I was working on a remoting project for an assignment and we came across a problem in 2.0. As of 2.0 you cannot make cross-thread calls to a windows forms control. This means that if you are doing an asyncronous call, most likely, unless your polling the async result, it will come back on a different thread and you cannot change a windows form or the controls on it without coming back to the origonal thread. This is fine if you are making all of your asyncronous calls on the actual form (You just need to call the Invoke method), but if you are seperating the asyncronous logic from the presentation layer (Which is recommended), any results processed from that logic can be difficult to update in windows forms. Fortunatly, there is a solution within the AsyncOperation class. I recommend looking into this class if you are doing anything thread related, but I created a wrapper around the class to make it a bit easier to use. Hopefully, it will be as useful to you as it was for me.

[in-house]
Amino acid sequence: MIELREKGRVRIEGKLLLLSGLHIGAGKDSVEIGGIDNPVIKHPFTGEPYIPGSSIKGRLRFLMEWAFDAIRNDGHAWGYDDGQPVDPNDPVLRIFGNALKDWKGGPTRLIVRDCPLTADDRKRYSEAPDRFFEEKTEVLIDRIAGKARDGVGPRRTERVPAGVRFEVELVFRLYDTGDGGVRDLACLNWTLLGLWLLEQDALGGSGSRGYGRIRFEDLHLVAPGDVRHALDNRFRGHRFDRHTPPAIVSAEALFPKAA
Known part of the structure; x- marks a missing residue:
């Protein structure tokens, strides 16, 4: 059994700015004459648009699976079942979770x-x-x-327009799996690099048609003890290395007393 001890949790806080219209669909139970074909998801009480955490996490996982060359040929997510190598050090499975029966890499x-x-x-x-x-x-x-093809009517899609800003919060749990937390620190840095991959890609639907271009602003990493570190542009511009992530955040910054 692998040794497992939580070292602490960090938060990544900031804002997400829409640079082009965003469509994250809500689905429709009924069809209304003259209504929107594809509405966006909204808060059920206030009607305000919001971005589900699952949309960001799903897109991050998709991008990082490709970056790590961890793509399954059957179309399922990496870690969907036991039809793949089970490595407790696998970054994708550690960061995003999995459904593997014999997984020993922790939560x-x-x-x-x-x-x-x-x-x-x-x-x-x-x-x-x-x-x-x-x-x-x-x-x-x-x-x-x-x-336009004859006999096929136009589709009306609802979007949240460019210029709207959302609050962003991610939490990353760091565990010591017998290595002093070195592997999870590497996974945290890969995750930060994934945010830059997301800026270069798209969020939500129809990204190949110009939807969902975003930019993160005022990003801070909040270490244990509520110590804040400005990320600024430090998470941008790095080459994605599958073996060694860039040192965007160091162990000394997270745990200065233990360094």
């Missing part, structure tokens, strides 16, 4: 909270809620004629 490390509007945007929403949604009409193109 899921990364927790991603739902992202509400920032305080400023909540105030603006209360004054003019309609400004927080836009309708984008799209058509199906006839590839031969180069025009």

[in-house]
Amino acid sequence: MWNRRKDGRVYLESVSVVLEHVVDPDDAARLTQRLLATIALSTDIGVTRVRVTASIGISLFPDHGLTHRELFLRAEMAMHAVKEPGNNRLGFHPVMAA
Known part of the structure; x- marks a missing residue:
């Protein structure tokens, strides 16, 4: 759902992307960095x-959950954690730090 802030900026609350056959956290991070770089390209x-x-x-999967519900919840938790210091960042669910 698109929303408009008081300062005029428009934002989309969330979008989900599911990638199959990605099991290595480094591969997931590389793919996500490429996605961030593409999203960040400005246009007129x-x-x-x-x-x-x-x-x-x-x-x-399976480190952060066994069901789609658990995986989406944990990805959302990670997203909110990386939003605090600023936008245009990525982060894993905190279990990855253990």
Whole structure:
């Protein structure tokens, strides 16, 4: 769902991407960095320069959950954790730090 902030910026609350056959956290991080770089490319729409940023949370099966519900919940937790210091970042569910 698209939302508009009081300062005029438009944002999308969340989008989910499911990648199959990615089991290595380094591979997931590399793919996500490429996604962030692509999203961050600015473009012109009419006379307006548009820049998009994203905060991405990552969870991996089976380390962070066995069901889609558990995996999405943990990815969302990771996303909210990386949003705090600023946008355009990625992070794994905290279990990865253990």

How it works
My wrapper simply operates the AsyncOperation class. When you instantiate the object, you instantiate a copy of the AsyncOperation class which will hold a reference to the initial thread you instantiated it on. This means you can make cross-thread calls to it, and it will execute the code on the origonal thread it was instantiated on. So, if you instantiate this class within your dll’s constructor, any events or code that you execute that need to work on the windows forms thread you just call in an anonymous delegate under the Syncronize method.
Place this class somewhere in your project.